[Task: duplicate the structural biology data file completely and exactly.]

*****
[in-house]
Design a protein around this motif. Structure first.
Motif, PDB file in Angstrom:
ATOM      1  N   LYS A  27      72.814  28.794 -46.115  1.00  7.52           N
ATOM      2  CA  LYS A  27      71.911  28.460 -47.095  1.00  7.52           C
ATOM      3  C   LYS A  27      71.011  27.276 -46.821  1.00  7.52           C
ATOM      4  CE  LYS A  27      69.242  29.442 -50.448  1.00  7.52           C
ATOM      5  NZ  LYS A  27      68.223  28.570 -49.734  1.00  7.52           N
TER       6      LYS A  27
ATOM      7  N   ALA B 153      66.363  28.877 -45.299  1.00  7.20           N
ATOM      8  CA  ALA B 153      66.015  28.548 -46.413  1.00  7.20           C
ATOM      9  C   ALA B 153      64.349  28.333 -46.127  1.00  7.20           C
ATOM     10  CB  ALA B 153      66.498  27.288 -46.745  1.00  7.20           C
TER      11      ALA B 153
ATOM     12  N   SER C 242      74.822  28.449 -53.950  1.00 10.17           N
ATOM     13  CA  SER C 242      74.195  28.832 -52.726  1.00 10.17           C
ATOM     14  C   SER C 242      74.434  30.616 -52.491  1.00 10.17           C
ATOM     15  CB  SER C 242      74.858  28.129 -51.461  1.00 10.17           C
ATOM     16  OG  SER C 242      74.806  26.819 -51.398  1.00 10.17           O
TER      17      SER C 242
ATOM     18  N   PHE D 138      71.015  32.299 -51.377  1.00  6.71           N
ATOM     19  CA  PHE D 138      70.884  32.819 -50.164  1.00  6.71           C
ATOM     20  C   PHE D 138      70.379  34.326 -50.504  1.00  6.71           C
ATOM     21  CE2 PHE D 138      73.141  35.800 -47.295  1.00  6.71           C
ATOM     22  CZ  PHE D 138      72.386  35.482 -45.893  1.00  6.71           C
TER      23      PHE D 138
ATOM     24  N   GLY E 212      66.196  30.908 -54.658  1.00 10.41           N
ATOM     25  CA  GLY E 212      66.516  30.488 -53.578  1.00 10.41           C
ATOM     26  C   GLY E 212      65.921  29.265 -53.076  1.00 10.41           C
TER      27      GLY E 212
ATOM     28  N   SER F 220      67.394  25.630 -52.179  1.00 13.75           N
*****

[in-house]
Design a protein around this motif. Structure first.
Motif, PDB file in Angstrom:
ATOM      1  N   LYS A  27      72.814  28.794 -46.115  1.00  7.52           N
ATOM      2  CA  LYS A  27      71.911  28.460 -47.095  1.00  7.52           C
ATOM      3  C   LYS A  27      71.011  27.276 -46.821  1.00  7.52           C
ATOM      4  CE  LYS A  27      69.242  29.442 -50.448  1.00  7.52           C
ATOM      5  NZ  LYS A  27      68.223  28.570 -49.734  1.00  7.52           N
TER       6      LYS A  27
ATOM      7  N   ALA B 153      66.363  28.877 -45.299  1.00  7.20           N
ATOM      8  CA  ALA B 153      66.015  28.548 -46.413  1.00  7.20           C
ATOM      9  C   ALA B 153      64.349  28.333 -46.127  1.00  7.20           C
ATOM     10  CB  ALA B 153      66.498  27.288 -46.745  1.00  7.20           C
TER      11      ALA B 153
ATOM     12  N   SER C 242      74.822  28.449 -53.950  1.00 10.17           N
ATOM     13  CA  SER C 242      74.195  28.832 -52.726  1.00 10.17           C
ATOM     14  C   SER C 242      74.434  30.616 -52.491  1.00 10.17           C
ATOM     15  CB  SER C 242      74.858  28.129 -51.461  1.00 10.17           C
ATOM     16  OG  SER C 242      74.806  26.819 -51.398  1.00 10.17           O
TER      17      SER C 242
ATOM     18  N   PHE D 138      71.015  32.299 -51.377  1.00  6.71           N
ATOM     19  CA  PHE D 138      70.884  32.819 -50.164  1.00  6.71           C
ATOM     20  C   PHE D 138      70.379  34.326 -50.504  1.00  6.71           C
ATOM     21  CE2 PHE D 138      73.141  35.800 -47.295  1.00  6.71           C
ATOM     22  CZ  PHE D 138      72.386  35.482 -45.893  1.00  6.71           C
TER      23      PHE D 138
ATOM     24  N   GLY E 212      66.196  30.908 -54.658  1.00 10.41           N
ATOM     25  CA  GLY E 212      66.516  30.488 -53.578  1.00 10.41           C
ATOM     26  C   GLY E 212      65.921  29.265 -53.076  1.00 10.41           C
TER      27      GLY E 212
ATOM     28  N   SER F 220      67.394  25.630 -52.179  1.00 13.75           N